When I was a child, our family drove downtown to see the Christmas windows and lights.  As there were no suburban shopping centres, this was my family's major outing of the year. We had no fast-food restaurants at that time so a dinner out was a cause for celebration and very good manners. We wore our best clothes as we were likely to have our photo snapped with Santa Claus.

When my daughter was young, her father and I liked to take her to see the Nutcracker ballet every year.
We dressed up in our finery to attend the production. I have always believed that music and dance are an important part of young children's experiences. To this day, my daughter enjoys a lot of live theatrical and musical productions. 

As I get older, I am less likely to purchase the lovely ornaments at the Christmas Market. We don't always put up a tree in our apartment as I am not a fan of artificial  trees and we have no visiting children. 

Christmas ornaments from Germany.
My daughter and I had a happy outing day with lots of memories and very little expense. Today is the Solstice and the coming days will surely be brighter.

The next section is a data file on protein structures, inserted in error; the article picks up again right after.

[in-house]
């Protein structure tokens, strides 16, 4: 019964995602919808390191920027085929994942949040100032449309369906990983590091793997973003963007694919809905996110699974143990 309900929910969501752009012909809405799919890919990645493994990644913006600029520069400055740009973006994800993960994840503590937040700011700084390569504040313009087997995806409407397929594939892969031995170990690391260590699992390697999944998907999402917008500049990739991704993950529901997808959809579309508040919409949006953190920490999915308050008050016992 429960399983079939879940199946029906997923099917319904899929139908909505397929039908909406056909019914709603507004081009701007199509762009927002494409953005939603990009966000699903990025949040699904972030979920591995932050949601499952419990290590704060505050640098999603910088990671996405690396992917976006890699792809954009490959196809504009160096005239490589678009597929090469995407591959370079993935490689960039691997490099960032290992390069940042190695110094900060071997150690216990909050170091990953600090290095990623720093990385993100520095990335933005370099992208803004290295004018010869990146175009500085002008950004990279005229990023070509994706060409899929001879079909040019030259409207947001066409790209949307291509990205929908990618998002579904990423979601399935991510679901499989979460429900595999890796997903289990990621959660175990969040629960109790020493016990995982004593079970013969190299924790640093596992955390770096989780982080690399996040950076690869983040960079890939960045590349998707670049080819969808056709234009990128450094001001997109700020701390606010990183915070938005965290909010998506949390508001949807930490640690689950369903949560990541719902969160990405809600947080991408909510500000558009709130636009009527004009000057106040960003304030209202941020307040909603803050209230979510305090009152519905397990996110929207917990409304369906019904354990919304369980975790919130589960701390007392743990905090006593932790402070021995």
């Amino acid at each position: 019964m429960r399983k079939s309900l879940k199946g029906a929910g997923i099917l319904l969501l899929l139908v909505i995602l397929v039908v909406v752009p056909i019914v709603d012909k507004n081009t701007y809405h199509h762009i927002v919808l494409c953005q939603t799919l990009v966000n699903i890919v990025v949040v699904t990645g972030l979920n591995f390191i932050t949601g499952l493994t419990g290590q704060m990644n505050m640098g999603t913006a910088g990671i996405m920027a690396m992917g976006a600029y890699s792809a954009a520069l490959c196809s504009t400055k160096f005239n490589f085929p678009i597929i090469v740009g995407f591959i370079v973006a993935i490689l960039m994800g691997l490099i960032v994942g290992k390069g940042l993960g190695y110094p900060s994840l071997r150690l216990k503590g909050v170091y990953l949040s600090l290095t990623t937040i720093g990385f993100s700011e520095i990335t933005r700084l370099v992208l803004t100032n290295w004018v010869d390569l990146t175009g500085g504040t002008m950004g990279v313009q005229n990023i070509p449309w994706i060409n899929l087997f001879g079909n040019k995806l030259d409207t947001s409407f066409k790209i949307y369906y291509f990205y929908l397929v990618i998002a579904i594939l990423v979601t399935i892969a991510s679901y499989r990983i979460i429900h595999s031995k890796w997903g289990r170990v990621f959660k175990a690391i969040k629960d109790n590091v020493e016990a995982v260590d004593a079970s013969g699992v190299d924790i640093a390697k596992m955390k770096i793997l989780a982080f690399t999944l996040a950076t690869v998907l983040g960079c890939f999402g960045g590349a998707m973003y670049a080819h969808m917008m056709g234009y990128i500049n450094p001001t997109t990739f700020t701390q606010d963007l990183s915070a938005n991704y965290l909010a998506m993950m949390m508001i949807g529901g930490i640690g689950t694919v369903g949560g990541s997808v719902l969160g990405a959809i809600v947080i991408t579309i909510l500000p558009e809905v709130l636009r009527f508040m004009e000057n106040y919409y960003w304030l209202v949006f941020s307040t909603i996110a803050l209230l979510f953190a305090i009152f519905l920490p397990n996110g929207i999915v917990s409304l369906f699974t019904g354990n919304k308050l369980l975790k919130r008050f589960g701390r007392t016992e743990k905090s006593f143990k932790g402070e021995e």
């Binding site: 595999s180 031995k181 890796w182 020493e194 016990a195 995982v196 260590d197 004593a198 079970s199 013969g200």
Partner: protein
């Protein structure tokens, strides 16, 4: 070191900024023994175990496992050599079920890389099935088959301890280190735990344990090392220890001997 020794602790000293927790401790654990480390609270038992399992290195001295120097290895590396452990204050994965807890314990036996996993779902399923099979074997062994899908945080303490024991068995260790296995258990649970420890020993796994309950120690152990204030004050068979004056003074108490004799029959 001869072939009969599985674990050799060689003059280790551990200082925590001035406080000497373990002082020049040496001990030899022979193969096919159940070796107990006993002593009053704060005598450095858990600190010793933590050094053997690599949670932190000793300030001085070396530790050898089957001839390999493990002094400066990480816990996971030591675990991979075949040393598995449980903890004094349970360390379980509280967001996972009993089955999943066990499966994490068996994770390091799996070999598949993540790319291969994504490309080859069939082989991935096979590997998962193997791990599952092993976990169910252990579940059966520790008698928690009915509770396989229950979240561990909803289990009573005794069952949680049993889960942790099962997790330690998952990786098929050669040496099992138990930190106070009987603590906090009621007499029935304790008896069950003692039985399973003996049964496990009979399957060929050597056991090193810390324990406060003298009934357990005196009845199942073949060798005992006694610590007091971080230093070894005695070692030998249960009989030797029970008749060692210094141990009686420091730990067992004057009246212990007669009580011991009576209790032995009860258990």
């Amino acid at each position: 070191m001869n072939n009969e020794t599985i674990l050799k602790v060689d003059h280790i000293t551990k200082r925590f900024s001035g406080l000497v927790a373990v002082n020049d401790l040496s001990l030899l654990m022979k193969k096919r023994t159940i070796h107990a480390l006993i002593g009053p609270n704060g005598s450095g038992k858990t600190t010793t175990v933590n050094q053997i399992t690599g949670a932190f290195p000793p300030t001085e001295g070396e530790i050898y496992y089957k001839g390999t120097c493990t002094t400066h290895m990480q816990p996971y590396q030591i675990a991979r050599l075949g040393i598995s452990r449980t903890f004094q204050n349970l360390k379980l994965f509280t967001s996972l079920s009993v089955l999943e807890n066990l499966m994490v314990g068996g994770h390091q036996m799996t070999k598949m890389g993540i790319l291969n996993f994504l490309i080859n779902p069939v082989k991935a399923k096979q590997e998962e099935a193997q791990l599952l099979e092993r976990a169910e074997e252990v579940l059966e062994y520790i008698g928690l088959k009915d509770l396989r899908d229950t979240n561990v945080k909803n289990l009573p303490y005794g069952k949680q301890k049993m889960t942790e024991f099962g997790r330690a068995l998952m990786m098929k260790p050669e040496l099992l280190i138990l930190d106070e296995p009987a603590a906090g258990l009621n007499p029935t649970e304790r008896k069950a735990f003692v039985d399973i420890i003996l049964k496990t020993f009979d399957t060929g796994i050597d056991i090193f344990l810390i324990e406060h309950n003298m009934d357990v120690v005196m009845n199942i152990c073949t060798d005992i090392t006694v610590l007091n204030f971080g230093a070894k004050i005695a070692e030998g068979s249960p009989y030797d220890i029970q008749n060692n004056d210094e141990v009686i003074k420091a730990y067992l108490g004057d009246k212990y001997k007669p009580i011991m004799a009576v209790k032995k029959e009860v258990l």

Tuesday, December 17, 2013

Add a Little Razzle Dazzle

Hand painted snow flake
A number of years ago, I lost a very good friend to cancer. In the late eighties, when she was losing her hair because of her treatment, she discovered nails. She found that lovely nails made her feel better about herself. I have very fragile nails and I do housework so glamorous nails have never been part of the equation. Sunday, as I was facing more domestic upheaval, I skipped church and drove myself to the local nail bar. I intended to have just a manicure but I now have gel nails. My fingers look so long and lovely to me. The technician was like an artist with a tiny brush and actually painted snowflakes on on my nails.